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What is Vaccine Hesitancy?

The World Health Organisation has declared vaccine hesitancy a major threat to global health which threatens to reverse the progress that has been made in vaccine-preventable diseases.

Vaccine hesitancy is a delay in acceptance or refusal of vaccines despite the availability of immunisation services. Vaccine hesitancy is believed to be the leading cause of declining immunisation rates in high income regions such as Europe and North America.

The reasons for vaccine hesitancy are complex but are summarised in the diagram below, which is taken from a report by the SAGE working group on vaccine hesitancy:

a model of vaccine hesitancy. Three circles overlap in the centre. circle one:complacency, circle two: confidence, circle three: convenience Image: A Model of Vaccine Hesitancy

The model in the image above is referred to as the 3Cs models, it illustrates key factors associated with vaccine hesitancy.


The low prevalence of vaccine preventable diseases (due to the success of vaccination) means that the risks associated with infectious diseases are perceived by some as being low, therefore the reasons for vaccination are not apparent.


For some, vaccine hesitancy is due to a lack of trust in the safety or effectiveness of vaccines or institutions that recommend vaccination. The root causes of this issue are complex but in part relate to the circulation of misinformation on social media, beliefs held within specific communities and suspicion of vaccination workers.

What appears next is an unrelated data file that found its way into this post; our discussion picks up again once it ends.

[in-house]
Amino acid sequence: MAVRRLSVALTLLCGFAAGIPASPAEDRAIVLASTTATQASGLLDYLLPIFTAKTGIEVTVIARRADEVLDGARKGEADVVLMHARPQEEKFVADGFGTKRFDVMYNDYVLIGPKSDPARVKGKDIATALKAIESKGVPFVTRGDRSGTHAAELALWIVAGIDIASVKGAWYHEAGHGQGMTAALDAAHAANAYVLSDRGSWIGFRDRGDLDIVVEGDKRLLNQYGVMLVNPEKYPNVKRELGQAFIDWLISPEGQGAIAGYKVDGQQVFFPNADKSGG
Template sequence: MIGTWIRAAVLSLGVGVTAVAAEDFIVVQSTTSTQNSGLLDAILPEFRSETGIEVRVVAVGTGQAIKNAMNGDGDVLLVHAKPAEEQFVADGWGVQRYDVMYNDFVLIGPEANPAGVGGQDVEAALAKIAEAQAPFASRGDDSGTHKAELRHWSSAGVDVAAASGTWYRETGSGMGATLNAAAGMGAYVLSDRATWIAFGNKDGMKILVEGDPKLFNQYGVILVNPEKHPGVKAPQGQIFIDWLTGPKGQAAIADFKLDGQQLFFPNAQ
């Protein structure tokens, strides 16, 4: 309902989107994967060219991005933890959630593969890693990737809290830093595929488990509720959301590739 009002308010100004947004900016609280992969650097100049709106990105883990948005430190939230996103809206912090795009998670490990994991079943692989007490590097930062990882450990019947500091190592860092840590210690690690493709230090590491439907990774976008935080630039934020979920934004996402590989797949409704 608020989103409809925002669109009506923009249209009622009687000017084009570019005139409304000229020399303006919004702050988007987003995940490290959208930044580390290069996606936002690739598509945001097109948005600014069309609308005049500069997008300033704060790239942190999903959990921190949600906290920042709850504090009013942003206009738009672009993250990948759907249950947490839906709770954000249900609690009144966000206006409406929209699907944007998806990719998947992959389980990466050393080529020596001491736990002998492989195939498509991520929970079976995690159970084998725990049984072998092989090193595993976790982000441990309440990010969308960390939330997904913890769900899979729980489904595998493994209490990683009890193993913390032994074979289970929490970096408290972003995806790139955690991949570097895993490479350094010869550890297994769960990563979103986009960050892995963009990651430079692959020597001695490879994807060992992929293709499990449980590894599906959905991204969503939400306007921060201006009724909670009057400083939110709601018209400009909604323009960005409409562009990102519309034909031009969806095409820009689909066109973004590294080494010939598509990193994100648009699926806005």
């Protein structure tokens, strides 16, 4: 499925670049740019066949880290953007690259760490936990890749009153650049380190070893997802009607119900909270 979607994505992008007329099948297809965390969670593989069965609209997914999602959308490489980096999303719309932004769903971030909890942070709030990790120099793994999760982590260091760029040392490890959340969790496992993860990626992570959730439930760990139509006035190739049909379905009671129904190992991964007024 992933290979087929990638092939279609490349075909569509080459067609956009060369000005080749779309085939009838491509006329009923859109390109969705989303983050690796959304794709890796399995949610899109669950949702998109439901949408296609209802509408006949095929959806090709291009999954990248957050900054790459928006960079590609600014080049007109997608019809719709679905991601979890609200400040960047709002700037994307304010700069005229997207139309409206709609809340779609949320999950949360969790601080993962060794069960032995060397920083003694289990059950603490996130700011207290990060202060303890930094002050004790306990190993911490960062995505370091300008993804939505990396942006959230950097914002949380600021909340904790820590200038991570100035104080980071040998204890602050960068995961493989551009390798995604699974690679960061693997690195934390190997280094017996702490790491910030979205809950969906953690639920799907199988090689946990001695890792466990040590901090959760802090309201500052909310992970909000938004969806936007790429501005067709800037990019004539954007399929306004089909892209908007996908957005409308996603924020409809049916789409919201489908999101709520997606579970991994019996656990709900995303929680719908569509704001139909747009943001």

The availability and affordability of vaccines is an important aspect of vaccine implementation that we discussed in week 1. The broader issues surrounding vaccine availability that may lead to vaccine hesitancy include the ability to understand (language and health literacy), the perceived quality of the service and the cultural context of what is considered convenient and comfortable.

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This article is from the free online course:

The Role of Vaccines in Preventing Infectious Diseases and Antimicrobial Resistance


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